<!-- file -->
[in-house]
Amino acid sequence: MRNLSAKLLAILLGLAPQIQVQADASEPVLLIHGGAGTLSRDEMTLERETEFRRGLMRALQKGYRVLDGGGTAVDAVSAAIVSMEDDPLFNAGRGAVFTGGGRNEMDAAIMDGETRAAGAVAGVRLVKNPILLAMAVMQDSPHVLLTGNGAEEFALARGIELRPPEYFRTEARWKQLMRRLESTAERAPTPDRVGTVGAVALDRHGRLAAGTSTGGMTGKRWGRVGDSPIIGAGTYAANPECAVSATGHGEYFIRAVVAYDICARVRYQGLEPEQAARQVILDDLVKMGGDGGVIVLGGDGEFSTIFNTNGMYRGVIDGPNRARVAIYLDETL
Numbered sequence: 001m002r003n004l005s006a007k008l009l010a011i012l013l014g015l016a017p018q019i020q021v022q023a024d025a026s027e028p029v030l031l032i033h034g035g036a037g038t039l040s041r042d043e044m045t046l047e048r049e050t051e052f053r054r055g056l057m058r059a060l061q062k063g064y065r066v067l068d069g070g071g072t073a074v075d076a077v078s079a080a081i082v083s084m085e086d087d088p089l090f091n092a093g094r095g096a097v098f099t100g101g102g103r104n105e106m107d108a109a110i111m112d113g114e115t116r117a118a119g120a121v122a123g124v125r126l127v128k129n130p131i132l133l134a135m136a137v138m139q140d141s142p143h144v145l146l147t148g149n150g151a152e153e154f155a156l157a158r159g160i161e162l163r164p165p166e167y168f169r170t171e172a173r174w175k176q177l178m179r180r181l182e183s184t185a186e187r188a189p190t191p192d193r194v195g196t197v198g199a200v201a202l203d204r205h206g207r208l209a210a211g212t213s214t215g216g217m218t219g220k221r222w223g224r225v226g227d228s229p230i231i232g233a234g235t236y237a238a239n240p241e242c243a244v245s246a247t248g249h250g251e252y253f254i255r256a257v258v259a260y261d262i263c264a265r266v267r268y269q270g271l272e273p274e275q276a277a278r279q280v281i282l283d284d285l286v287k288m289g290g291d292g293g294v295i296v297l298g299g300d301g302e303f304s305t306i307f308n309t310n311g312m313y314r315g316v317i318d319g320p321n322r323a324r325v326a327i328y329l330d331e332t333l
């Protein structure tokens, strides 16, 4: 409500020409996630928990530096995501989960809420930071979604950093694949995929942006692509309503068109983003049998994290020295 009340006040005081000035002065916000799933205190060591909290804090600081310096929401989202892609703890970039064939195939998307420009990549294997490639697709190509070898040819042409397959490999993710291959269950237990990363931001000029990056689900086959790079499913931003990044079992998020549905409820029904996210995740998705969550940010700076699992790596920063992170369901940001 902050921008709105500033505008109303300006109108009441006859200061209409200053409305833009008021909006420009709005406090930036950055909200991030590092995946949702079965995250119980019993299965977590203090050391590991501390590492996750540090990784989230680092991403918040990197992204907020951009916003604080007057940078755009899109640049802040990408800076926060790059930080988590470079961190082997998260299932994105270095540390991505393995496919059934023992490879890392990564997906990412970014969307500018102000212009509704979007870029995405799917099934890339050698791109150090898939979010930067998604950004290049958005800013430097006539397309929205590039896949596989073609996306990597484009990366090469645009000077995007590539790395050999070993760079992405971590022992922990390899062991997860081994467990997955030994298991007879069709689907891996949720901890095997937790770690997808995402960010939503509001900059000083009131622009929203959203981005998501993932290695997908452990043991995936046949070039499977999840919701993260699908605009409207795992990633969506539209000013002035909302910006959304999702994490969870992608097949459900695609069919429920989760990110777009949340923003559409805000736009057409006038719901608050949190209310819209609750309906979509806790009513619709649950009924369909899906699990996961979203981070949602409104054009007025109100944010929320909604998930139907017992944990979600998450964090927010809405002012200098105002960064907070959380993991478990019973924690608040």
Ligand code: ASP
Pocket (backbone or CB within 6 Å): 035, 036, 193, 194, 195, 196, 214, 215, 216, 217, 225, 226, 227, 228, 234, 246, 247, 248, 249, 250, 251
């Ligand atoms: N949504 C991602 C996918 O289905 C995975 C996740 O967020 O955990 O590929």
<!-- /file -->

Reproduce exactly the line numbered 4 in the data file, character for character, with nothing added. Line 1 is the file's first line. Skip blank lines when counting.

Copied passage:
């Protein structure tokens, strides 16, 4: 409500020409996630928990530096995501989960809420930071979604950093694949995929942006692509309503068109983003049998994290020295 009340006040005081000035002065916000799933205190060591909290804090600081310096929401989202892609703890970039064939195939998307420009990549294997490639697709190509070898040819042409397959490999993710291959269950237990990363931001000029990056689900086959790079499913931003990044079992998020549905409820029904996210995740998705969550940010700076699992790596920063992170369901940001 902050921008709105500033505008109303300006109108009441006859200061209409200053409305833009008021909006420009709005406090930036950055909200991030590092995946949702079965995250119980019993299965977590203090050391590991501390590492996750540090990784989230680092991403918040990197992204907020951009916003604080007057940078755009899109640049802040990408800076926060790059930080988590470079961190082997998260299932994105270095540390991505393995496919059934023992490879890392990564997906990412970014969307500018102000212009509704979007870029995405799917099934890339050698791109150090898939979010930067998604950004290049958005800013430097006539397309929205590039896949596989073609996306990597484009990366090469645009000077995007590539790395050999070993760079992405971590022992922990390899062991997860081994467990997955030994298991007879069709689907891996949720901890095997937790770690997808995402960010939503509001900059000083009131622009929203959203981005998501993932290695997908452990043991995936046949070039499977999840919701993260699908605009409207795992990633969506539209000013002035909302910006959304999702994490969870992608097949459900695609069919429920989760990110777009949340923003559409805000736009057409006038719901608050949190209310819209609750309906979509806790009513619709649950009924369909899906699990996961979203981070949602409104054009007025109100944010929320909604998930139907017992944990979600998450964090927010809405002012200098105002960064907070959380993991478990019973924690608040």